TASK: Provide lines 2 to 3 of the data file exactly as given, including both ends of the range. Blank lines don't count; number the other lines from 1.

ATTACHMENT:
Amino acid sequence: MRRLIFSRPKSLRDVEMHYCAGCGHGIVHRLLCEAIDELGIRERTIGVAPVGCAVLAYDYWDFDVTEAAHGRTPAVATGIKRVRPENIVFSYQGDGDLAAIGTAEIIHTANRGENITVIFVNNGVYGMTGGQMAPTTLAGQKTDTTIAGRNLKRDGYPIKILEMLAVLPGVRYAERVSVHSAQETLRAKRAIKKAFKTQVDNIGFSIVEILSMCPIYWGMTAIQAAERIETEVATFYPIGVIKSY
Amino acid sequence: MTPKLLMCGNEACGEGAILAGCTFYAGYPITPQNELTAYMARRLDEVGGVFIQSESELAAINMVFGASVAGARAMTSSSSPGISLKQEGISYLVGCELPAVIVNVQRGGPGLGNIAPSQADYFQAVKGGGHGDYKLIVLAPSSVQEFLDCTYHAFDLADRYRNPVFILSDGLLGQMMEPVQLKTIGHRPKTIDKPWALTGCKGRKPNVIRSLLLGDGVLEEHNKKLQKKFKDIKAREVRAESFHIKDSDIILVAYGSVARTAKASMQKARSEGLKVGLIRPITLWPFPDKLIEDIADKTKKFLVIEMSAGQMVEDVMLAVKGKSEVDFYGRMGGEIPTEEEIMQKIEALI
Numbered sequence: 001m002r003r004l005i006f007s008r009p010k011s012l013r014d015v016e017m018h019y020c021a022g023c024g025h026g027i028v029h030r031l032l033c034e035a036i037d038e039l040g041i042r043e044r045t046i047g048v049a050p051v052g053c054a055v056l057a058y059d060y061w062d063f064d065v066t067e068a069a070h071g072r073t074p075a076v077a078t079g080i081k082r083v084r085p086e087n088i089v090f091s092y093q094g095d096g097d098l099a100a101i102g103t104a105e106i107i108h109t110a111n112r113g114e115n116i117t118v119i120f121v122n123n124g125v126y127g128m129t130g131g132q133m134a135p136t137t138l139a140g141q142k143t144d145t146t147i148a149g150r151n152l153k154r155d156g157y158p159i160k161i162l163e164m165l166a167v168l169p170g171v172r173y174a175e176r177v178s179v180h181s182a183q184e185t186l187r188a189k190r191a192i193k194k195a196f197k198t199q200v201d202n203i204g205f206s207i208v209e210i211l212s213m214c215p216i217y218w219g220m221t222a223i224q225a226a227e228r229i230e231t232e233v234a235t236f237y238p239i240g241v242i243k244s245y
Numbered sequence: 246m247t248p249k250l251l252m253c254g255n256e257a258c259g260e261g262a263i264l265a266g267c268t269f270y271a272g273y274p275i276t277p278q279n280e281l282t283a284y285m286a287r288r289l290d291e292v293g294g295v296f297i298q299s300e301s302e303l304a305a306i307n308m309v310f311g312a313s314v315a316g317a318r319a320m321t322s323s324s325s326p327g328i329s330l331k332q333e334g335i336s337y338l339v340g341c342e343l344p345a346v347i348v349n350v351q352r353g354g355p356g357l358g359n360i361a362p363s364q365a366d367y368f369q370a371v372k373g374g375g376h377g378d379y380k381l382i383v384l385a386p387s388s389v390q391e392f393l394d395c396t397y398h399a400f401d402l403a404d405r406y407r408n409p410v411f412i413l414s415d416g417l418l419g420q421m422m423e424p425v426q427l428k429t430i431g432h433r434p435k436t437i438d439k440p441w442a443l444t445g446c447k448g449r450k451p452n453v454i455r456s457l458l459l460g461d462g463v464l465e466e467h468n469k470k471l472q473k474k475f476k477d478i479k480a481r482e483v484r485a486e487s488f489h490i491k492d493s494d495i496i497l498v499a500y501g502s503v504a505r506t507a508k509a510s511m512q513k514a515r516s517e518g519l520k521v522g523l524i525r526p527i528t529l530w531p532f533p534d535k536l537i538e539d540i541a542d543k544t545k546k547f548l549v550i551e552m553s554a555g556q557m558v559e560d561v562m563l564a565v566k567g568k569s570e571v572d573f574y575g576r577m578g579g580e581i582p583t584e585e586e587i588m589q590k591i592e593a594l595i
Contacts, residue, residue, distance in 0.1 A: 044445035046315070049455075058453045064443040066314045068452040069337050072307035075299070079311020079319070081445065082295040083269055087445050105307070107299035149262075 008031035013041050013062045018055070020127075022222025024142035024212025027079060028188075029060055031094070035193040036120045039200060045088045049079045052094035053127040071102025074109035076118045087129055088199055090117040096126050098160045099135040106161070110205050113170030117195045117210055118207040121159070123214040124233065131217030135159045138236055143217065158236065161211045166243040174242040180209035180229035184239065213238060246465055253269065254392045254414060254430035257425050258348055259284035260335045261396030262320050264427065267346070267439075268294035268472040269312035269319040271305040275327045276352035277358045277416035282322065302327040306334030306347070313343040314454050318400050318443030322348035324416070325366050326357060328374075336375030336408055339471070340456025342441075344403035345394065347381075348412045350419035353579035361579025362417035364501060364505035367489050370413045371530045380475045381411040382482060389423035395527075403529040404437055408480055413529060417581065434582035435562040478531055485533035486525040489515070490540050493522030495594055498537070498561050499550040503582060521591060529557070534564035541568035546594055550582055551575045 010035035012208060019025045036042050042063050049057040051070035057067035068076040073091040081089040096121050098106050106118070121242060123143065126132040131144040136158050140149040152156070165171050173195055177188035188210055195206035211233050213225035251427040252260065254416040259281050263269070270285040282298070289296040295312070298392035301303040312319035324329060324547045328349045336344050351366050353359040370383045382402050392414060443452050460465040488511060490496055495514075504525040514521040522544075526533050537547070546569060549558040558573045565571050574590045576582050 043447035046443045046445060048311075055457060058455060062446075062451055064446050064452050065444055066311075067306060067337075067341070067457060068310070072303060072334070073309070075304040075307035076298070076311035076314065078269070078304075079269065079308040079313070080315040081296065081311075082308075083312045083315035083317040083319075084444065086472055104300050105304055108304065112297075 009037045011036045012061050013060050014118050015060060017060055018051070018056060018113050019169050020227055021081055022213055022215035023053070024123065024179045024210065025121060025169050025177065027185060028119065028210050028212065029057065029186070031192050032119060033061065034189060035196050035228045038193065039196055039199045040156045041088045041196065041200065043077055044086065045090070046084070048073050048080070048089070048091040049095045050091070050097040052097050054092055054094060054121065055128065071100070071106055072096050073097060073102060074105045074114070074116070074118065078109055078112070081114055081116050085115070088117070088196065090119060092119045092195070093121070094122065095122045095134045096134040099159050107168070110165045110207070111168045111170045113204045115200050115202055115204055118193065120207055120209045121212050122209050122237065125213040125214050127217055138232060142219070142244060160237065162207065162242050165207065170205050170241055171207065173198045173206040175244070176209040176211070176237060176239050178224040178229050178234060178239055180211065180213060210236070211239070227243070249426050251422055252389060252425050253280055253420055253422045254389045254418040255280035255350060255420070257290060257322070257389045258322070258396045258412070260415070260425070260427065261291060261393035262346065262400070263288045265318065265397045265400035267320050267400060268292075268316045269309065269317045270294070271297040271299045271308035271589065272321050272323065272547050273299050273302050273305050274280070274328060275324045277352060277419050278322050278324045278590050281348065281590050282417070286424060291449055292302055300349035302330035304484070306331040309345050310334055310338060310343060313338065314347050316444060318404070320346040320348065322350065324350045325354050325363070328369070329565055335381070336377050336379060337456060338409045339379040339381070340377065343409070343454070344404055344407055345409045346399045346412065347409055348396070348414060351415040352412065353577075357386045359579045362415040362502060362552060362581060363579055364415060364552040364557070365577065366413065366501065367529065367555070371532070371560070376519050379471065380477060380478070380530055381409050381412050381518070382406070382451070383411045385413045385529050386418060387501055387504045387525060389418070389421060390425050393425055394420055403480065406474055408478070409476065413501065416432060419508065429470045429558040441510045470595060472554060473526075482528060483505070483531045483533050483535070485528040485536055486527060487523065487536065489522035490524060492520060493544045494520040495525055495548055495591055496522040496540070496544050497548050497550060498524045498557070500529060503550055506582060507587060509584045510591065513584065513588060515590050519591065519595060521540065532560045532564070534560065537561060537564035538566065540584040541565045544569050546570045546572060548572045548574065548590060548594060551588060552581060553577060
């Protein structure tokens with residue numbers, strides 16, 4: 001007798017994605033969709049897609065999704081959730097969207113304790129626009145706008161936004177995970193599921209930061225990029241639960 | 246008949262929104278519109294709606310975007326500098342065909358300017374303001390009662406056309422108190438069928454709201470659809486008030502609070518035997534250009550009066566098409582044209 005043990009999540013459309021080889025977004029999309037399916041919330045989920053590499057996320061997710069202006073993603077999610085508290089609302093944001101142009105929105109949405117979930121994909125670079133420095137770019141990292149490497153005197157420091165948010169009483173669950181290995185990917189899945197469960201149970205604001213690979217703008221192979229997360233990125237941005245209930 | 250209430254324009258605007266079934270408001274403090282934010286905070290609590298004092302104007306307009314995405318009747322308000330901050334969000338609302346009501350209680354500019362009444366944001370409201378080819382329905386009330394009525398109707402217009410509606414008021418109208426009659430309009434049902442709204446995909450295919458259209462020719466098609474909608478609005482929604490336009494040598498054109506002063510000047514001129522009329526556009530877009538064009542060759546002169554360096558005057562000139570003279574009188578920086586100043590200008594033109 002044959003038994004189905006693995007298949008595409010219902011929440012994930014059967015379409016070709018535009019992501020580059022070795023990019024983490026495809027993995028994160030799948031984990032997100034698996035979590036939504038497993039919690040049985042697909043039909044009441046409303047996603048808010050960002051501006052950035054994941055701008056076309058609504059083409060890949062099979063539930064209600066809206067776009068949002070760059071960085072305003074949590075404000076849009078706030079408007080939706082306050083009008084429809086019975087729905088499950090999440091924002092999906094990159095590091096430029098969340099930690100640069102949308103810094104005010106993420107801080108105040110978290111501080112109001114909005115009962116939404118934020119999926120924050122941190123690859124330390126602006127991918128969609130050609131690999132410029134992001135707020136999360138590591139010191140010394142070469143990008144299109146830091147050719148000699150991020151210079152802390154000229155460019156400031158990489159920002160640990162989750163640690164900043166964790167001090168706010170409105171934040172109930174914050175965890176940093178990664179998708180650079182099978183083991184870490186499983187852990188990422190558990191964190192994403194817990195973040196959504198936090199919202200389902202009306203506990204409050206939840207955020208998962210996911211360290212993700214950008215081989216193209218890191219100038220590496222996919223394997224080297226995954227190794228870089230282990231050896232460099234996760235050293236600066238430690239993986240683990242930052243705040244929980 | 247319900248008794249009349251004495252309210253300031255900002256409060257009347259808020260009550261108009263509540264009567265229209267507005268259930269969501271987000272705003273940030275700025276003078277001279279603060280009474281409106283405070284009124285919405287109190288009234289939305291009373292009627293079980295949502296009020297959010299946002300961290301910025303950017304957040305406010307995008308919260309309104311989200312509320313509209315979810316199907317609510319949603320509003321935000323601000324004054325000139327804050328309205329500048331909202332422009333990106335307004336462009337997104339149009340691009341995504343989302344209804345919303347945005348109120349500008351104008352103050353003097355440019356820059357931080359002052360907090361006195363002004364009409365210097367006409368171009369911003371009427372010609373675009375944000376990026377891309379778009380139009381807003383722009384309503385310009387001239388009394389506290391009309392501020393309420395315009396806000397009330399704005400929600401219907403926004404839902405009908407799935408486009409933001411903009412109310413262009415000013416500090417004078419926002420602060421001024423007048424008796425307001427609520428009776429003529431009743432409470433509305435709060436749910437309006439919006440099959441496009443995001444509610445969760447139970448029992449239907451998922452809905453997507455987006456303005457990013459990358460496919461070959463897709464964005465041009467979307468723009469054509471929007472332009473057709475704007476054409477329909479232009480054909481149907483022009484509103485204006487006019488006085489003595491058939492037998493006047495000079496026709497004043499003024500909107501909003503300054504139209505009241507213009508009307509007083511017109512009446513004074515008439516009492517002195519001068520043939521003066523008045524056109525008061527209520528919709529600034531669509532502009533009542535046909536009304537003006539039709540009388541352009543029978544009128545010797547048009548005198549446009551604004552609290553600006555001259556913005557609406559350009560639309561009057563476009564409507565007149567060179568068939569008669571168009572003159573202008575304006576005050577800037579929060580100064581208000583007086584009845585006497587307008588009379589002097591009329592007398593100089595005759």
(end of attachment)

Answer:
Amino acid sequence: MTPKLLMCGNEACGEGAILAGCTFYAGYPITPQNELTAYMARRLDEVGGVFIQSESELAAINMVFGASVAGARAMTSSSSPGISLKQEGISYLVGCELPAVIVNVQRGGPGLGNIAPSQADYFQAVKGGGHGDYKLIVLAPSSVQEFLDCTYHAFDLADRYRNPVFILSDGLLGQMMEPVQLKTIGHRPKTIDKPWALTGCKGRKPNVIRSLLLGDGVLEEHNKKLQKKFKDIKAREVRAESFHIKDSDIILVAYGSVARTAKASMQKARSEGLKVGLIRPITLWPFPDKLIEDIADKTKKFLVIEMSAGQMVEDVMLAVKGKSEVDFYGRMGGEIPTEEEIMQKIEALI
Numbered sequence: 001m002r003r004l005i006f007s008r009p010k011s012l013r014d015v016e017m018h019y020c021a022g023c024g025h026g027i028v029h030r031l032l033c034e035a036i037d038e039l040g041i042r043e044r045t046i047g048v049a050p051v052g053c054a055v056l057a058y059d060y061w062d063f064d065v066t067e068a069a070h071g072r073t074p075a076v077a078t079g080i081k082r083v084r085p086e087n088i089v090f091s092y093q094g095d096g097d098l099a100a101i102g103t104a105e106i107i108h109t110a111n112r113g114e115n116i117t118v119i120f121v122n123n124g125v126y127g128m129t130g131g132q133m134a135p136t137t138l139a140g141q142k143t144d145t146t147i148a149g150r151n152l153k154r155d156g157y158p159i160k161i162l163e164m165l166a167v168l169p170g171v172r173y174a175e176r177v178s179v180h181s182a183q184e185t186l187r188a189k190r191a192i193k194k195a196f197k198t199q200v201d202n203i204g205f206s207i208v209e210i211l212s213m214c215p216i217y218w219g220m221t222a223i224q225a226a227e228r229i230e231t232e233v234a235t236f237y238p239i240g241v242i243k244s245y